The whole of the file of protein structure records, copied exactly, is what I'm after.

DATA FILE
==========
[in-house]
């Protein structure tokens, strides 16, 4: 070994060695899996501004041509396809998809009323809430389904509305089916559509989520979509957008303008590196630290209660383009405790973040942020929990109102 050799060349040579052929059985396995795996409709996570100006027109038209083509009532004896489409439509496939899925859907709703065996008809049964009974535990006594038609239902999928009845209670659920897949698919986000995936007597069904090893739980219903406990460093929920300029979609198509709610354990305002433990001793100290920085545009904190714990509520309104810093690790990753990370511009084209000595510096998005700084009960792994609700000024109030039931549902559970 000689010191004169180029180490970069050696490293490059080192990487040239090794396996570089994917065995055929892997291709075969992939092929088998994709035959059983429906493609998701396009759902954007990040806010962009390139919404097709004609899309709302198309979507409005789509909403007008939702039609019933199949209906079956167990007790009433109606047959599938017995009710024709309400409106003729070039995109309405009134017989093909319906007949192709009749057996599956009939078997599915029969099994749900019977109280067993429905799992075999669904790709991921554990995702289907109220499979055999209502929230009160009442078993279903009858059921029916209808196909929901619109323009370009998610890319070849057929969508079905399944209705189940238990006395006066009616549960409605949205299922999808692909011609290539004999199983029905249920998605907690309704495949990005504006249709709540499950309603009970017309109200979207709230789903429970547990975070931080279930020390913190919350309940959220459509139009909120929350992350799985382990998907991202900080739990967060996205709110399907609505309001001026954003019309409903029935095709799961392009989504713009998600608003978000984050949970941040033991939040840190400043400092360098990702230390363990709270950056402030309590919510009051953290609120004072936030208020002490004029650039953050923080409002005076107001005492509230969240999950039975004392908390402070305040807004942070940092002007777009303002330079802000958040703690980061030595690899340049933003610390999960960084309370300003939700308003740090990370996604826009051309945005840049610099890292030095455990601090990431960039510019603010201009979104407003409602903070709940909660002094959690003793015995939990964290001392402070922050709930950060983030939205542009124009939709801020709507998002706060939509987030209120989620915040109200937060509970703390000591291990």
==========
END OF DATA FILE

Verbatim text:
[in-house]
């Protein structure tokens, strides 16, 4: 070994060695899996501004041509396809998809009323809430389904509305089916559509989520979509957008303008590196630290209660383009405790973040942020929990109102 050799060349040579052929059985396995795996409709996570100006027109038209083509009532004896489409439509496939899925859907709703065996008809049964009974535990006594038609239902999928009845209670659920897949698919986000995936007597069904090893739980219903406990460093929920300029979609198509709610354990305002433990001793100290920085545009904190714990509520309104810093690790990753990370511009084209000595510096998005700084009960792994609700000024109030039931549902559970 000689010191004169180029180490970069050696490293490059080192990487040239090794396996570089994917065995055929892997291709075969992939092929088998994709035959059983429906493609998701396009759902954007990040806010962009390139919404097709004609899309709302198309979507409005789509909403007008939702039609019933199949209906079956167990007790009433109606047959599938017995009710024709309400409106003729070039995109309405009134017989093909319906007949192709009749057996599956009939078997599915029969099994749900019977109280067993429905799992075999669904790709991921554990995702289907109220499979055999209502929230009160009442078993279903009858059921029916209808196909929901619109323009370009998610890319070849057929969508079905399944209705189940238990006395006066009616549960409605949205299922999808692909011609290539004999199983029905249920998605907690309704495949990005504006249709709540499950309603009970017309109200979207709230789903429970547990975070931080279930020390913190919350309940959220459509139009909120929350992350799985382990998907991202900080739990967060996205709110399907609505309001001026954003019309409903029935095709799961392009989504713009998600608003978000984050949970941040033991939040840190400043400092360098990702230390363990709270950056402030309590919510009051953290609120004072936030208020002490004029650039953050923080409002005076107001005492509230969240999950039975004392908390402070305040807004942070940092002007777009303002330079802000958040703690980061030595690899340049933003610390999960960084309370300003939700308003740090990370996604826009051309945005840049610099890292030095455990601090990431960039510019603010201009979104407003409602903070709940909660002094959690003793015995939990964290001392402070922050709930950060983030939205542009124009939709801020709507998002706060939509987030209120989620915040109200937060509970703390000591291990």